by editor | 22nd December 2010 9:26 am
Coming to Terms with a European Tyrant
By Benjamin Bidder in Moscow
He counts North Korean dictator Kim Jong Il among his friends and unleashes state security forces on his political opponents. Alexander Lukashenko has ruled Belarus with an iron fist for 16 years. He is tolerated by the EU and Russia because he ensures stability.
Belarusian President Alexander Lukachenko is fond of posing as an athletic competitor. The 56-year-old is anything but shy about squeezing into skin-tight cycling outfits and will occasionally take to the ice for a bit of hockey. But, revealed Vladimir Parfenovich, an Olympic kayaker who medalled for Belarus in the 1980s, “one is not allowed to touch him during ice hockey games. And you must not overtake him when skiing.”
The man who has been ruling Belarus with an iron fist for the past 16 years takes pains to present himself as a man of the people. But he is even more focused on ensuring that nobody endangers his position of power.
When casting his ballot in Sunday’s presidential elections, Lukashenko brought along his young son Kolya. Immediately afterwards, he left for a short ski vacation. He was sure, he said, that “nobody will go out into the streets tonight.” But he had taken precautions in the event that he was wrong. Already on Thursday, columns of armored vehicles belonging to the Interior Ministry had rolled into Minsk under the cover of darkness.
‘With Two Wings’
When demonstrators did ultimately take to the capital’s streets on Sunday, the despot had opposition politicians beaten and regime opponents arrested. The man who once said his country needed to fly, as they say in Belarus, “with two wings” doesn’t like surprises. And he likes to hedge his bets.
In foreign policy, for example. Lukashenko, who was temporarily banned from entry into the European Union, sought a decade ago to form a closer union with Russia. More recently, however, he has sounded out opportunities for closer relations with Western countries — the same nations he once accused of “trying to turn our girls into prostitutes,” of “feeding our citizens with illicit drugs,” and of “spreading homosexual perversion.”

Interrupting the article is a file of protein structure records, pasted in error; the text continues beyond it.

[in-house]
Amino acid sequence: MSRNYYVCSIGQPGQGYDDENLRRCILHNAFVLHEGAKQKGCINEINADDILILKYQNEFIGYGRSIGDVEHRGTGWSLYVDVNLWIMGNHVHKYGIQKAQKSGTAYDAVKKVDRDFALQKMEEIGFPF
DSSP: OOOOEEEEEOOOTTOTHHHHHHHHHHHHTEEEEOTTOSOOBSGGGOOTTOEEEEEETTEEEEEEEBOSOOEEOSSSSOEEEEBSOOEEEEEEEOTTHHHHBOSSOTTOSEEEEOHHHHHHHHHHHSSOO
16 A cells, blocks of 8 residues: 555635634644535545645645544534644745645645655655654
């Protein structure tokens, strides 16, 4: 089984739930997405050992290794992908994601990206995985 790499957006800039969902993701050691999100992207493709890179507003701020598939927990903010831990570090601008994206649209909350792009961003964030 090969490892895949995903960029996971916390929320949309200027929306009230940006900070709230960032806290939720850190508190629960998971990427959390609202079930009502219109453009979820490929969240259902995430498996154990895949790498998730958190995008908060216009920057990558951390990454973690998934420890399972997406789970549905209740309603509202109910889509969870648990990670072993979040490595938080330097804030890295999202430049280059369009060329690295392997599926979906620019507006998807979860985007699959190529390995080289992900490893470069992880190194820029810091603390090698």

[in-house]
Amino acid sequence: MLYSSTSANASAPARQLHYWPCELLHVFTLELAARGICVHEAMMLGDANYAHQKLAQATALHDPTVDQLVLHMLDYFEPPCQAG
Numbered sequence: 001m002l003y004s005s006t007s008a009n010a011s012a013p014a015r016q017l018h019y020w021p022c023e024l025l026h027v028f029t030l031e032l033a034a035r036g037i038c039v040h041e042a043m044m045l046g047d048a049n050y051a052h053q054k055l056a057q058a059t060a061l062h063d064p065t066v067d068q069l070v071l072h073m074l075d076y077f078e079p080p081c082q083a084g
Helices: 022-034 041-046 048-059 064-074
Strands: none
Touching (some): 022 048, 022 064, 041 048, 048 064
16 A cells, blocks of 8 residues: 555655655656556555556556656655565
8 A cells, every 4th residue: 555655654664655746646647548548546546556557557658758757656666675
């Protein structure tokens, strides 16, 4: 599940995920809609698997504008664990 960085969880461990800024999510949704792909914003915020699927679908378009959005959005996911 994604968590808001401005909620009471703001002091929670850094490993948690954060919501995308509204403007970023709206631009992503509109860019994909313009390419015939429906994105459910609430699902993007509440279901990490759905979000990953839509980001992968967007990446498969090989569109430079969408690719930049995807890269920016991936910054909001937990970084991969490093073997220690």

Soon thereafter, Lukashenko made yet another about face, claiming that Europe had “abandoned” him. He turned back toward Moscow, insisting that Russians and Belarusians were “one people.” Still, the stubborn leader didn’t shy away from cancelling a meeting with his Russian counterpart Dmitry Medvedev, claiming that little Kolya was ill.
Lukashenko is well aware of his economy’s dependence on cheap energy from its Slavic big brother. Russian media has laconically noted that the Belarusian economic miracle has cost Moscow around $100 million (€76 million) since the collapse of the Soviet Union. After a series of conflicts over raw materials, Russia raised the price for oil and gas and Lukashenko was forced to go begging for new allies in energy, some of them offshore.
Earlier this month Minsk made a deal with the US to eliminate a stockpiles of Soviet-era highly enriched uranium that Washington feared was poorly secured and might fall into the wrong hands. At the same time, however, Lukashenko maintains close contacts with North Korea. He congratulated the country’s dictator Kim Jong Il on his birthday, for example. In his note, which was published on the Belarus government website, Lukashenko noted that he was “convinced that the friendly relations and constructive cooperation between the Republic of Belarus and the Democratic People’s Republic of Korea will promote the continuous prosperity of our countries.”
Minsk also enjoys hosting Hugo Chavez, the Venezuelan leader who is persona non grata in Washinton. First Chavez brought greetings from “the axis of evil.” Then they reached an agreement on huge deliveries of crude oil, despite the laborious transport challenges involved. The oil would have to be brought from oil tankers to Ukrainian ports and from there overland to refineries in Belarus. Lukashenko told Russian journalists, that they would rather transport the oil in vehicles than “become yet another region of the Russian Federation … no one will force us onto our knees.”
Lukashenko’s attitude scores him points with large swathes of the population and with the elderly in particular. They appreciate his struggle for the self-determination of Belarus — a significant reason that last summer’s Russian propaganda campaign against its stubborn neighbor bore little fruit.
‘Guarantor of Stability’
On the contrary. Belarusian achievements even command respect in Russia. Minsk regularly appears well above Moscow in international country rankings. In this year’s World Bank “ease of doing business” index, Belarus took a respectable 68th place — 60 places ahead of Russia. When it comes to the ease with which entrepreneurs can establish a business, Belarus was in the top 10 worldwide.
One of the regime’s prestige projects is the Hi Tech Park in Minsk, which government representatives are touting as the Silicon Valley of Belarus. The park lures investors with a tax rate of 9 percent — though success has thus far been limited.
“Lukashenko is a guarantor of economic and political stability in Belarus, its independence,” Lithuanian President Dalia Grybauskaite was forced to concede recently. Indeed, one is led to wonder whether Lukashenko would have won the weekend vote anyway — without the media propaganda offensive and electoral fraud.
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